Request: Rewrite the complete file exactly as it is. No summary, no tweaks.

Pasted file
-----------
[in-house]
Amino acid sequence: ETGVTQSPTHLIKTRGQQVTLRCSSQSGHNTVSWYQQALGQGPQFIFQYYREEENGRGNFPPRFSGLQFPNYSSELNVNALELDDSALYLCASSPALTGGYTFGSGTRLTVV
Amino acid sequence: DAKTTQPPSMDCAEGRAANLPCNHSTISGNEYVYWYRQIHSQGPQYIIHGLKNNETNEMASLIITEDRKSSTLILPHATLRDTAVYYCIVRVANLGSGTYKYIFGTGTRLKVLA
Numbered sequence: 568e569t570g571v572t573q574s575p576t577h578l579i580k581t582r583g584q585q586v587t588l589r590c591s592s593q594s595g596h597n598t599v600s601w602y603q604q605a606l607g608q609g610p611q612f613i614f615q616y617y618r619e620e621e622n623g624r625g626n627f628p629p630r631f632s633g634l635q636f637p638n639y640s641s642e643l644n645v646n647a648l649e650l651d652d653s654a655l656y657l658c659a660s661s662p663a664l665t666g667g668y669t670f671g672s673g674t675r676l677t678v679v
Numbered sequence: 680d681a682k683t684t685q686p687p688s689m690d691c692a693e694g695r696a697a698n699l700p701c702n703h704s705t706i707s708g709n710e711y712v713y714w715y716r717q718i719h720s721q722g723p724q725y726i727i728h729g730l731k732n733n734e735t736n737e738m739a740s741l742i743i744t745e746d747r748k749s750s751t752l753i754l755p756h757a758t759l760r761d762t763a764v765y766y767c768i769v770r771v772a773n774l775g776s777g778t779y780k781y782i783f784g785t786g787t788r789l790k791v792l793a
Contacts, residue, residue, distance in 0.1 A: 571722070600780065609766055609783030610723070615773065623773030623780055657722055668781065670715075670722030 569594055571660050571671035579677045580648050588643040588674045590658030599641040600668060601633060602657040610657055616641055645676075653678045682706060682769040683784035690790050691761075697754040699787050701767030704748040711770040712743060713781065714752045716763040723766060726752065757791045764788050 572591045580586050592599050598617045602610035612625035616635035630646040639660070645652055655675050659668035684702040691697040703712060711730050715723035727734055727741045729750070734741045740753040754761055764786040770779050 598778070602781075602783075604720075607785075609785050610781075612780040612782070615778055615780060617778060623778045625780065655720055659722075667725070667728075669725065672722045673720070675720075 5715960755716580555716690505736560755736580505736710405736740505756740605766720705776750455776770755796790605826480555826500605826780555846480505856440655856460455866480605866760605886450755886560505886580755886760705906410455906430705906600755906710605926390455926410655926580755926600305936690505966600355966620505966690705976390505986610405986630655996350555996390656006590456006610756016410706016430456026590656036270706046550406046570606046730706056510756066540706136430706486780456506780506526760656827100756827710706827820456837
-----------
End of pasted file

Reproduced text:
[in-house]
Amino acid sequence: ETGVTQSPTHLIKTRGQQVTLRCSSQSGHNTVSWYQQALGQGPQFIFQYYREEENGRGNFPPRFSGLQFPNYSSELNVNALELDDSALYLCASSPALTGGYTFGSGTRLTVV
Amino acid sequence: DAKTTQPPSMDCAEGRAANLPCNHSTISGNEYVYWYRQIHSQGPQYIIHGLKNNETNEMASLIITEDRKSSTLILPHATLRDTAVYYCIVRVANLGSGTYKYIFGTGTRLKVLA
Numbered sequence: 568e569t570g571v572t573q574s575p576t577h578l579i580k581t582r583g584q585q586v587t588l589r590c591s592s593q594s595g596h597n598t599v600s601w602y603q604q605a606l607g608q609g610p611q612f613i614f615q616y617y618r619e620e621e622n623g624r625g626n627f628p629p630r631f632s633g634l635q636f637p638n639y640s641s642e643l644n645v646n647a648l649e650l651d652d653s654a655l656y657l658c659a660s661s662p663a664l665t666g667g668y669t670f671g672s673g674t675r676l677t678v679v
Numbered sequence: 680d681a682k683t684t685q686p687p688s689m690d691c692a693e694g695r696a697a698n699l700p701c702n703h704s705t706i707s708g709n710e711y712v713y714w715y716r717q718i719h720s721q722g723p724q725y726i727i728h729g730l731k732n733n734e735t736n737e738m739a740s741l742i743i744t745e746d747r748k749s750s751t752l753i754l755p756h757a758t759l760r761d762t763a764v765y766y767c768i769v770r771v772a773n774l775g776s777g778t779y780k781y782i783f784g785t786g787t788r789l790k791v792l793a
Contacts, residue, residue, distance in 0.1 A: 571722070600780065609766055609783030610723070615773065623773030623780055657722055668781065670715075670722030 569594055571660050571671035579677045580648050588643040588674045590658030599641040600668060601633060602657040610657055616641055645676075653678045682706060682769040683784035690790050691761075697754040699787050701767030704748040711770040712743060713781065714752045716763040723766060726752065757791045764788050 572591045580586050592599050598617045602610035612625035616635035630646040639660070645652055655675050659668035684702040691697040703712060711730050715723035727734055727741045729750070734741045740753040754761055764786040770779050 598778070602781075602783075604720075607785075609785050610781075612780040612782070615778055615780060617778060623778045625780065655720055659722075667725070667728075669725065672722045673720070675720075 5715960755716580555716690505736560755736580505736710405736740505756740605766720705776750455776770755796790605826480555826500605826780555846480505856440655856460455866480605866760605886450755886560505886580755886760705906410455906430705906600755906710605926390455926410655926580755926600305936690505966600355966620505966690705976390505986610405986630655996350555996390656006590456006610756016410706016430456026590656036270706046550406046570606046730706056510756066540706136430706486780456506780506526760656827100756827710706827820456837